The First Six Weeks of the year can have a profound impact on how your year turns out. Most people start a new year with the best of intentions. They set ambitious goals and make grand plans.
They want to make more money, lose weight, etc. At the end of the year, they often look back and realize they didn’t accomplish most of their goals.
The Start of A New Year
At the beginning of the year, your desire to accomplish your goals and change your behavior is usually at an all-time high. When the excitement of starting something new fades, your motivation will decline.
The key to avoiding this is harnessing that motivation and understanding that the first 6 weeks could determine how your year turns out.
Why It’s More Beneficial to Plan the First Six Weeks than the Entire Year
A lot of people spend the last few weeks of December reflecting on the previous year and planning for the next one. This is definitely valuable. But, planning out your entire year is counterproductive to accomplishing your goals.
This is something I see in entrepreneurs, creatives, and anybody who wants to accomplish big hairy audacious goals. They focus too much on the end result of a project or idea. And they don’t focus enough on the work they need to make that idea happen.
You can’t go the extra mile until you first traverse the essential mile, right? So if you want to travel 100 miles (ca. 161 km), you still have to traverse the first mile. You still have to walk the first block. So I don’t see the idea of starting small as something that is mutually exclusive with going big.
In fact, I see it the other way around. The people who get stuck in life are not the people who start small. The people who get stuck in life are the people who don’t start at all because they’re too busy now condemning themselves for not being able to do the ideal version on day one.
The first six weeks of the year are the essential mile you have to traverse before you can accomplish something ambitious or extraordinary.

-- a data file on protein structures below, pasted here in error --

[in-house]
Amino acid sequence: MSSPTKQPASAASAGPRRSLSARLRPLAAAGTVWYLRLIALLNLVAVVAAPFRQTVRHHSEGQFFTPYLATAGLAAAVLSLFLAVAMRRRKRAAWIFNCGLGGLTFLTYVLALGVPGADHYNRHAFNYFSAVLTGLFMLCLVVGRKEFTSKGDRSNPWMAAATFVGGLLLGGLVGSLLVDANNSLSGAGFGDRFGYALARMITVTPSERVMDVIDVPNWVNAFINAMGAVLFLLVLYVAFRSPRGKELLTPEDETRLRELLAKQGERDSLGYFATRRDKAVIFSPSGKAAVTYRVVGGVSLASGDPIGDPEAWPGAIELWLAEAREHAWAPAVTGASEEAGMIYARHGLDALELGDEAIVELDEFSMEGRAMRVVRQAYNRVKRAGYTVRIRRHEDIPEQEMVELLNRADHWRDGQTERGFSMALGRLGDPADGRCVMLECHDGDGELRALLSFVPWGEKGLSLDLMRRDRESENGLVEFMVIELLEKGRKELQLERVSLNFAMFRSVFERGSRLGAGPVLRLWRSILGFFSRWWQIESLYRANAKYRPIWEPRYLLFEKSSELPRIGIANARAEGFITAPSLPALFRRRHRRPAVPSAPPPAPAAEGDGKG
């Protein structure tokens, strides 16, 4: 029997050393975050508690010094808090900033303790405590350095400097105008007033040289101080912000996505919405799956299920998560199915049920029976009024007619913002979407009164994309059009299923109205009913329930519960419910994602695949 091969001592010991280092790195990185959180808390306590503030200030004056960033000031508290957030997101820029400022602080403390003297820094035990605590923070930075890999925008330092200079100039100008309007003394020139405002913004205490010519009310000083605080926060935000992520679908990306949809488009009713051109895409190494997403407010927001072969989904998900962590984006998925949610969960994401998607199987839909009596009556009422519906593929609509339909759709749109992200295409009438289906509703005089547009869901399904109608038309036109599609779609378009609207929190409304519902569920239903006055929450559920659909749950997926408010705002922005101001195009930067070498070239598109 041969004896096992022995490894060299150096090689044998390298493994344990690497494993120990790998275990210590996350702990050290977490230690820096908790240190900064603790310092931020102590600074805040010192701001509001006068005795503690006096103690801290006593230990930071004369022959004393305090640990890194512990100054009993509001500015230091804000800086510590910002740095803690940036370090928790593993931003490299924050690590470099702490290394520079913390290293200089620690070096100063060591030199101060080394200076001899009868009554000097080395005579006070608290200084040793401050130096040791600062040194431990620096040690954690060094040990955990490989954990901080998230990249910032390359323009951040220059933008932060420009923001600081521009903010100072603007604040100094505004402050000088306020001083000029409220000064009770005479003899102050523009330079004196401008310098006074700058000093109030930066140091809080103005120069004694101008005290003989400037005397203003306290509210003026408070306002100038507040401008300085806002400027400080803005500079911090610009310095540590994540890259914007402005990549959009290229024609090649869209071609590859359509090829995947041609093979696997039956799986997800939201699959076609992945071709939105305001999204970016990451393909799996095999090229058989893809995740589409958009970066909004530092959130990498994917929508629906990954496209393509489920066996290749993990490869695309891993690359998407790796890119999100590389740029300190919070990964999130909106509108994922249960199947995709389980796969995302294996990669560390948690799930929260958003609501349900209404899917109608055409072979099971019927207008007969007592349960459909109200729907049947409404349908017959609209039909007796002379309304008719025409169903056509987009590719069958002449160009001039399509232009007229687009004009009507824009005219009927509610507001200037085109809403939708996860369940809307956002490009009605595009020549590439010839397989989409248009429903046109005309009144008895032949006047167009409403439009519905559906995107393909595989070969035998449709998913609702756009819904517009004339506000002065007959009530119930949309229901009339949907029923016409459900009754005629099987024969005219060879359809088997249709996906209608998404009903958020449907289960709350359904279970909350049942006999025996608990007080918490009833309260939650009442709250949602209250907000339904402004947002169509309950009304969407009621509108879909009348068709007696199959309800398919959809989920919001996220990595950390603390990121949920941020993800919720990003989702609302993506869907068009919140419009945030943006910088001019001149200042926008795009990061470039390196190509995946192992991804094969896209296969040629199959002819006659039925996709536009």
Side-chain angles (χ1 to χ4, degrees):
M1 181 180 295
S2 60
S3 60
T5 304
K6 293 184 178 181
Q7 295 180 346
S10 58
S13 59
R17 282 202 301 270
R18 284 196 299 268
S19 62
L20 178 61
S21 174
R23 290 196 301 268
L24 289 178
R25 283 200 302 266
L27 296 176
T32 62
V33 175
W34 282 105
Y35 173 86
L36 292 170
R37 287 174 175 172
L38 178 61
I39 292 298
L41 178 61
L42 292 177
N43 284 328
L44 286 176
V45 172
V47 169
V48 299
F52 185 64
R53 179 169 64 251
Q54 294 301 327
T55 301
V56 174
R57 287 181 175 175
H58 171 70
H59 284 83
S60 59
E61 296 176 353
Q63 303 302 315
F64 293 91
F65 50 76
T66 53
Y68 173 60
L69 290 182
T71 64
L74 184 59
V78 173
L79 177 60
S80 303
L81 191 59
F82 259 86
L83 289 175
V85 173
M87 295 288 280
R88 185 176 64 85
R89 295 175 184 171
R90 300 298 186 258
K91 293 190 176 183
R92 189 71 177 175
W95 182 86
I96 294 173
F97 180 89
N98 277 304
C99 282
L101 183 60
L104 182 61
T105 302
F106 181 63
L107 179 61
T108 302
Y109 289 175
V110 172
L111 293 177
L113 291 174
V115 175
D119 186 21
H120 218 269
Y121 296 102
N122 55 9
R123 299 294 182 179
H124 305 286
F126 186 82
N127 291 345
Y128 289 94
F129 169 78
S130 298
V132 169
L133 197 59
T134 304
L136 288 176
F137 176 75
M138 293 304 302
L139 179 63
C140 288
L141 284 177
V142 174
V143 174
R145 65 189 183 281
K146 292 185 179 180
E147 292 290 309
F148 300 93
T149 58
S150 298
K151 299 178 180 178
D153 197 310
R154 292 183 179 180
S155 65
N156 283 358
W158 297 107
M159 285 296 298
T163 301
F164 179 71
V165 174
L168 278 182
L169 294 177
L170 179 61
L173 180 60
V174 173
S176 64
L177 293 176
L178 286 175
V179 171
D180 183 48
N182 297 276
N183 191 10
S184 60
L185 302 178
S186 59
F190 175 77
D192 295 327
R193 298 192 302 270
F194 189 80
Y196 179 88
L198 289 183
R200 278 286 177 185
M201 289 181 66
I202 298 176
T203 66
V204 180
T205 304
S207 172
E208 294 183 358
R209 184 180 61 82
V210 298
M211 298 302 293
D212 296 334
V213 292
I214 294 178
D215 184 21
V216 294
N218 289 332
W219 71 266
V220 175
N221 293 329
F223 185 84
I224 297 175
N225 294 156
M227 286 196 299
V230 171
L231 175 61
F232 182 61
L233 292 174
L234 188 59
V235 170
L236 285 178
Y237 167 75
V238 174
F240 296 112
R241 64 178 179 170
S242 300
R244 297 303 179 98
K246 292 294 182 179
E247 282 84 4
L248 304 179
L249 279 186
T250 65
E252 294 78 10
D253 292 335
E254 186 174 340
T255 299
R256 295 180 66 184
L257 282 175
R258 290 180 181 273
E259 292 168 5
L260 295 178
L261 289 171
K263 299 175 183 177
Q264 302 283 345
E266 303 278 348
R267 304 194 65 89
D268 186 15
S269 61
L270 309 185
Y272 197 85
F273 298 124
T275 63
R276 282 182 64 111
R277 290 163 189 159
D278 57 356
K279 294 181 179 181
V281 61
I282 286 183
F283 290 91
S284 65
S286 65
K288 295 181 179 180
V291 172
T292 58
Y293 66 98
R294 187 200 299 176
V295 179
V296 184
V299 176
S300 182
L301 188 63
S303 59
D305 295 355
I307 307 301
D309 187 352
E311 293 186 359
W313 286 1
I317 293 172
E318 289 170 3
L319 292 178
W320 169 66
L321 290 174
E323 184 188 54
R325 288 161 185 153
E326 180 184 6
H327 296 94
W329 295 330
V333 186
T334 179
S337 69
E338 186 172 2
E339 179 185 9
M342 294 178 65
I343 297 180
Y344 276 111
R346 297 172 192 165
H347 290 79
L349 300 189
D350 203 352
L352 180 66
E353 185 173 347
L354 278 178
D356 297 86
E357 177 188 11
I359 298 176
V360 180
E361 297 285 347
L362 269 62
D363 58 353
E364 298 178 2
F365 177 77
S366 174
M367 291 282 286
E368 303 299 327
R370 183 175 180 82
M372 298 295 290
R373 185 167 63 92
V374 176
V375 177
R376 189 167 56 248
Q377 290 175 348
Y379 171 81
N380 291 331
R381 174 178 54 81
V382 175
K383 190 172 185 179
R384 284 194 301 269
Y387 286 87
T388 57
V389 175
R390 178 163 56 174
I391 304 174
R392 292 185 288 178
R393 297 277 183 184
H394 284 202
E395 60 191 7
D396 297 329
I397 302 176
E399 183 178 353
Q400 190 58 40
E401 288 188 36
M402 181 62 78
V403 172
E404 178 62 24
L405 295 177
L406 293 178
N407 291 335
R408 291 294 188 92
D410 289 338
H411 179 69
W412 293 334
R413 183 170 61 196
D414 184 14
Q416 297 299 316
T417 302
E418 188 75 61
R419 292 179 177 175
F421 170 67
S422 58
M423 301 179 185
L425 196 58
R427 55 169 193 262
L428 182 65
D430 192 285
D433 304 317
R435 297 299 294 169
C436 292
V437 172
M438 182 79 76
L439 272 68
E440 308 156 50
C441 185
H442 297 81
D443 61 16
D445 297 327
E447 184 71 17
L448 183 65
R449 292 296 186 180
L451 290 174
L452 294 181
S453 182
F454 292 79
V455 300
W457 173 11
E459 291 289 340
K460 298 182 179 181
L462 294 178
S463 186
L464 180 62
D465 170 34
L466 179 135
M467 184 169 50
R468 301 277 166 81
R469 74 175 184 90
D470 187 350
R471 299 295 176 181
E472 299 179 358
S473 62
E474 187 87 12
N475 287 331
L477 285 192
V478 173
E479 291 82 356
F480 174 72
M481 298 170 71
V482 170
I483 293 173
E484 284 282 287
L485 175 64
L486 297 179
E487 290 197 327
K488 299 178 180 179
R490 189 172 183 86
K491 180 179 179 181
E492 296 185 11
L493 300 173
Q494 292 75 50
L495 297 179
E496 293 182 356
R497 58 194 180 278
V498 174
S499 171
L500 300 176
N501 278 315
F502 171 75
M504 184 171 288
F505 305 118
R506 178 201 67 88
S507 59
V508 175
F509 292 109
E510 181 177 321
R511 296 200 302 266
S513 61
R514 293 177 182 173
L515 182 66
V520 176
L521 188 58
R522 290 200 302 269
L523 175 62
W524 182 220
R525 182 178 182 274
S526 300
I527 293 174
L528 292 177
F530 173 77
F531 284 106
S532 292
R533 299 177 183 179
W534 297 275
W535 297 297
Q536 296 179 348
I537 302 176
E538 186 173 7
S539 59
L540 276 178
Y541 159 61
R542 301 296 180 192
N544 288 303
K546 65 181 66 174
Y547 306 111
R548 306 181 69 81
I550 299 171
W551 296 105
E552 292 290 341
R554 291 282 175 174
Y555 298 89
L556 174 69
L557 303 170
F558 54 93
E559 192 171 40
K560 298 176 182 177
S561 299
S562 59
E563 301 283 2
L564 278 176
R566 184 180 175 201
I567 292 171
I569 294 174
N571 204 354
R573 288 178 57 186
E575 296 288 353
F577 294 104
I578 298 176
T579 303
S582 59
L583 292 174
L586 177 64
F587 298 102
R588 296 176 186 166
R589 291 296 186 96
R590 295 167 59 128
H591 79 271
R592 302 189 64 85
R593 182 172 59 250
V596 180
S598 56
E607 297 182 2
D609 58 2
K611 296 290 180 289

Why The First Six Weeks Matter So Much
According to Dan Pink’s book, When: The Scientific Secrets of Perfect Timing:
The first day of the year is what social scientists call a “temporal landmark.” Just as human beings rely so much on landmarks to navigate space (“To get to my house, turn left at the Shell station”), we use landmarks to navigate time. Certain dates function like that Shell station. They stand out from the ceaseless and forgettable march of other days, and prominence helps us find our way.
And according to Pink, there are two reasons for this:
First, they allow people to open new “mental accounts” in the same way a business closes the books at the end of one fiscal year and opens a fresh ledger for the new year. This new period offers a chance to start again by relegating our old selves to the past. It disconnects us from the past self’s mistakes and imperfections and leaves us confident about our superior selves.
The second purpose of these time markers is to shake us out of the tree, so we can glimpse the forest. “Temporal landmarks interrupt attention to the day-to-day minutiae, causing people to take a big picture view of their lives and thus focus on achieving their goals.”
The first six weeks are a temporary landmark. And you don’t want to let that go to waste.
1. What’s Important Now?
Your actions today will determine your results tomorrow. Focusing on what’s important right now lets you leverage the profound power of consistency and build momentum.
The first three hours of your day are arguably the most valuable time you have each day. Your willpower and attention span are usually at their peak first thing in the morning. A lot of people wake up in the morning, reach for their phone, and check their email. But nobody ever changed the world by checking and responding to emails.
To get the most out of the first three hours of your day, start by figuring out what’s important now.
For example, I knew I wanted to publish this article in the first week of January. What’s most important right now is writing the first draft. What’s not important now is editing, formatting, adding pictures, etc.
I read the books of every person I interview. So, the most important thing I can do the week of or even the week before is to read their books. What’s not important is to announce the interview on social media or compile a list of links about them.